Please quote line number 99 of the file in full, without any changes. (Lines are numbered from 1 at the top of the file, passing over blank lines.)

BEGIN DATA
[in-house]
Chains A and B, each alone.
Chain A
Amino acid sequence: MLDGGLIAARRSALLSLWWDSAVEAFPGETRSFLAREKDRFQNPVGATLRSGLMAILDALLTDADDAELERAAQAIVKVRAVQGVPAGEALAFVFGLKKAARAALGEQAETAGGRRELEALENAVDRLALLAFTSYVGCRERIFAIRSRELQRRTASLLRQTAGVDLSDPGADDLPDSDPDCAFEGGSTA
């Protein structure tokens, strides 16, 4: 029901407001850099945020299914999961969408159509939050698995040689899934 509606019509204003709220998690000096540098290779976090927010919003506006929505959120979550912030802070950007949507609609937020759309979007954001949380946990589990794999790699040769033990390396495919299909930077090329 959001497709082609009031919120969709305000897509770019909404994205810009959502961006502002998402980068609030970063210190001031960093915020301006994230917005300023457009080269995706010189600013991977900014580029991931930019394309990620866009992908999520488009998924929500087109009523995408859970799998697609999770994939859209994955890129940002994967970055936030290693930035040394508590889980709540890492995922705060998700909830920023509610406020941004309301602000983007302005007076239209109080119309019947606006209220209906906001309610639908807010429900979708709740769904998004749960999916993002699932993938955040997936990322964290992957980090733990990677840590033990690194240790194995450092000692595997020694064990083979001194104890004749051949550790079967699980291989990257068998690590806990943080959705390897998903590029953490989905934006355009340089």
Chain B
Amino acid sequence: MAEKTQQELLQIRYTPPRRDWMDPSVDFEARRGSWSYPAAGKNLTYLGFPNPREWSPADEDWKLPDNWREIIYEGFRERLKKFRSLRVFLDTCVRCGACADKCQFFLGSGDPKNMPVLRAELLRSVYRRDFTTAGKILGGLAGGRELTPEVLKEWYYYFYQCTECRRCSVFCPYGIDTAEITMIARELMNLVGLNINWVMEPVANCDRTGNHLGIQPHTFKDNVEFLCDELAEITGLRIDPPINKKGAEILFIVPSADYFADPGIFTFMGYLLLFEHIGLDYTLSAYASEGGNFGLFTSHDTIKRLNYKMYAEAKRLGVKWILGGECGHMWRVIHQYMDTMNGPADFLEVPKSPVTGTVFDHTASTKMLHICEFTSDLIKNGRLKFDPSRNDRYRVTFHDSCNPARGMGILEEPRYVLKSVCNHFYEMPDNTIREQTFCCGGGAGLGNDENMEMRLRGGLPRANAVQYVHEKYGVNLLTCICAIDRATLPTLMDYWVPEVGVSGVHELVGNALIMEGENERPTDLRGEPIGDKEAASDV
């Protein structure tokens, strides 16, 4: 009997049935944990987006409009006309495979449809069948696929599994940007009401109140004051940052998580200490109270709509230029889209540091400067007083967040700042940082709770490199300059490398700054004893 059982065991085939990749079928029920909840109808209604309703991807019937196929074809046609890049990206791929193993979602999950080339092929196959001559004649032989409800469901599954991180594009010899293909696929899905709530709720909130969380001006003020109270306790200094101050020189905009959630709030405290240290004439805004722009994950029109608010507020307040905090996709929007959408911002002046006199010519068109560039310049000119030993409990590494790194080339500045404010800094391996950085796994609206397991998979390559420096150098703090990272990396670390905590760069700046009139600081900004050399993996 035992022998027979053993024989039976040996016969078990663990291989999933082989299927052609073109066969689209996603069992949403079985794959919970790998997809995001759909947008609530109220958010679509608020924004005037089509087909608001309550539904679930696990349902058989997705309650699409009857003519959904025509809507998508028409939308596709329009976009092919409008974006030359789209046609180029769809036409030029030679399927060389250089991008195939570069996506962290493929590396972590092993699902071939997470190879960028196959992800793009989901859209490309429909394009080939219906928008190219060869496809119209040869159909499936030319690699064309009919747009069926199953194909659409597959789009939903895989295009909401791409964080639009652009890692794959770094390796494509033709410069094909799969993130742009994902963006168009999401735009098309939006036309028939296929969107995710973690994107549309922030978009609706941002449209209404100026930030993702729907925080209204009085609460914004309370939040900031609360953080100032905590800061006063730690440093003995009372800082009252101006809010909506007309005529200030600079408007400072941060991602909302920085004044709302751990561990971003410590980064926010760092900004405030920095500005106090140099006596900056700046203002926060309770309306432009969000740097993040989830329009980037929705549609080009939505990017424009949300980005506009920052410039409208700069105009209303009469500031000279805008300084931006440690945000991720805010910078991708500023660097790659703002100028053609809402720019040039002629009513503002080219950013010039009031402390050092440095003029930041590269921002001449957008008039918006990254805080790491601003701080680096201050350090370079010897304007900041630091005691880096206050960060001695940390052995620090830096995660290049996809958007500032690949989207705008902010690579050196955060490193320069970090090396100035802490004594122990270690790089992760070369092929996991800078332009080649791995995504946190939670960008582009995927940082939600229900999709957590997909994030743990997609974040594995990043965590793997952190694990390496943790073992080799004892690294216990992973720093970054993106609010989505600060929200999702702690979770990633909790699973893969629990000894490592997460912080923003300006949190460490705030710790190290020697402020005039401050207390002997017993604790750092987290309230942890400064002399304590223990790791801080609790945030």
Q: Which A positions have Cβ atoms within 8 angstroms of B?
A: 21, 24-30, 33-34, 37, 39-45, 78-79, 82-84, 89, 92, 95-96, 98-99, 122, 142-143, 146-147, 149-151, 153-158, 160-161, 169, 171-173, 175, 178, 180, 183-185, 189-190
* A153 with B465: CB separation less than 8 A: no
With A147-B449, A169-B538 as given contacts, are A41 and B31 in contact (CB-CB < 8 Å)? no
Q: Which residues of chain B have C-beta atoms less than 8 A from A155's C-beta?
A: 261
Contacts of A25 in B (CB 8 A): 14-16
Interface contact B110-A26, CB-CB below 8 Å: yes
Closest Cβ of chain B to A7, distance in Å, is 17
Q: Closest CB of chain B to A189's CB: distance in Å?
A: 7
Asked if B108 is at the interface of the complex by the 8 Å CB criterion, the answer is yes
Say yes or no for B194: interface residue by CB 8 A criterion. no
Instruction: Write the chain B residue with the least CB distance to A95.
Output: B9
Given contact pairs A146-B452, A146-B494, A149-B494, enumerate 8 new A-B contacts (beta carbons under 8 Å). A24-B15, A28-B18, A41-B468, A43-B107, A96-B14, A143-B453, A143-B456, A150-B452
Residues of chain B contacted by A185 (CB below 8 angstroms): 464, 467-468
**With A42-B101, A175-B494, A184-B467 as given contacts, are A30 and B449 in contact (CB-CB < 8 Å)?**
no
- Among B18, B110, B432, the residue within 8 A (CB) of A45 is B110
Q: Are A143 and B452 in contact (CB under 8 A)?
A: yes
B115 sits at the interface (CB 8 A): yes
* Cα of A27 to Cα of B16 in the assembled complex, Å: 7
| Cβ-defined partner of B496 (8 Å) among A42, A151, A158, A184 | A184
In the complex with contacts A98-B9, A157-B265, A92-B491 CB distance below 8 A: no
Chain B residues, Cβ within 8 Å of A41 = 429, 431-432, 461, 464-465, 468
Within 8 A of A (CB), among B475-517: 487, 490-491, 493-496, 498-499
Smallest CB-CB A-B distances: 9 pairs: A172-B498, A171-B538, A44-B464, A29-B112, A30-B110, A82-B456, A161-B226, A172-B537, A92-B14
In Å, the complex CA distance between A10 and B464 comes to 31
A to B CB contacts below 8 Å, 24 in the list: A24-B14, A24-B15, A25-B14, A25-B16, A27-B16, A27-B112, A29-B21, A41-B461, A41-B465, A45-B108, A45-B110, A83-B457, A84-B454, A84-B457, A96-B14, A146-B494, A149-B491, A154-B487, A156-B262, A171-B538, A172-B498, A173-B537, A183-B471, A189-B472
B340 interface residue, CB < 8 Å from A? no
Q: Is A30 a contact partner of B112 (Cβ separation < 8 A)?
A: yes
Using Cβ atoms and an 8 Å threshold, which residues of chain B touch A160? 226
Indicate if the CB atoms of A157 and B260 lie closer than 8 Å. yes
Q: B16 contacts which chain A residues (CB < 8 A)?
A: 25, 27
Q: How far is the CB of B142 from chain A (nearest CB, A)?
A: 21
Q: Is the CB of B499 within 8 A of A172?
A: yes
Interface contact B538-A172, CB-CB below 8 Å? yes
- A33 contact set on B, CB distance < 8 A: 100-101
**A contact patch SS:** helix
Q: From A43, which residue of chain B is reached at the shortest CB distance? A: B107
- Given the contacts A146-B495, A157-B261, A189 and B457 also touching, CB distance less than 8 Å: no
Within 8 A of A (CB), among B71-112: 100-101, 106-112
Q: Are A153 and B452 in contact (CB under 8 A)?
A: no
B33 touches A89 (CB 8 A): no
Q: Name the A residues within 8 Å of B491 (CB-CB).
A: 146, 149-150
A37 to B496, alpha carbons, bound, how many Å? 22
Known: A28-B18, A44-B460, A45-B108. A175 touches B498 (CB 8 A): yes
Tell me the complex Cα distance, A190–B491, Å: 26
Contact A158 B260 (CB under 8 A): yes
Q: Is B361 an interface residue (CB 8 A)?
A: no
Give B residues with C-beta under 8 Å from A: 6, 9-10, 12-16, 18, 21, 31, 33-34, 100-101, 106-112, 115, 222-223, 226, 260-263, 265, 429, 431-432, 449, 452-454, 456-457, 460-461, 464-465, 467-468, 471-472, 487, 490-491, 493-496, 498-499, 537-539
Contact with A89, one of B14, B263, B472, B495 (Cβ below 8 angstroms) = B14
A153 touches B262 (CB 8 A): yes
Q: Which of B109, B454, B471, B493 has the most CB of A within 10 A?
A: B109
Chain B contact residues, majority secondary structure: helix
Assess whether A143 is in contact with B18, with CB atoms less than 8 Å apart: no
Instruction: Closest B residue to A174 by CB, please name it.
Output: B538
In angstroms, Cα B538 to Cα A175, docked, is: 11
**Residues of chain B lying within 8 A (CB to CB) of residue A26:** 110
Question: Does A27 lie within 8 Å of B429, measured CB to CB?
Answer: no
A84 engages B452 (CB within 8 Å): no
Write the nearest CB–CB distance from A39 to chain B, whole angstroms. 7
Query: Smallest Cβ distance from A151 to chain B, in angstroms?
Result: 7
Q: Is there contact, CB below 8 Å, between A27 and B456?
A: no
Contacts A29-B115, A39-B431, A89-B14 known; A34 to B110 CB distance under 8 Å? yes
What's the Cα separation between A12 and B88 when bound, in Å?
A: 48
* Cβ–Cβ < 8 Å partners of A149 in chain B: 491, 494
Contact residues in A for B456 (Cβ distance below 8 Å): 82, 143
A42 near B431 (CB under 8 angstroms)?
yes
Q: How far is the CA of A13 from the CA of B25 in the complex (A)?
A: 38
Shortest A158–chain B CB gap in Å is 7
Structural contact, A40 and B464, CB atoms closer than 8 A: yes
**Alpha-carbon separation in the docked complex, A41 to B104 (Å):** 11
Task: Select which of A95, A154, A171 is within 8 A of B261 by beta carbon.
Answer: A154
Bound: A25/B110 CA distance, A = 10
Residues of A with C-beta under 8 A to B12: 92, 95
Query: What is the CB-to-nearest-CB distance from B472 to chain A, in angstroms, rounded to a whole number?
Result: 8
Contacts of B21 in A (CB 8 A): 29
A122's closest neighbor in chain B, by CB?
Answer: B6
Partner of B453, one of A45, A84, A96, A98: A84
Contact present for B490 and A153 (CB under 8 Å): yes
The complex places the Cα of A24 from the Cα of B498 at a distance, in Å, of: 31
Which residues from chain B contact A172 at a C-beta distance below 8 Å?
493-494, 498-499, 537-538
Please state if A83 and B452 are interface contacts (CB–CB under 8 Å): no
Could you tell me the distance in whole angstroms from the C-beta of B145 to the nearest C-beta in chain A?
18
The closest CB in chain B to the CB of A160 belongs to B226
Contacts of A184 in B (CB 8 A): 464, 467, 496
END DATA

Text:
Task: Select which of A95, A154, A171 is within 8 A of B261 by beta carbon.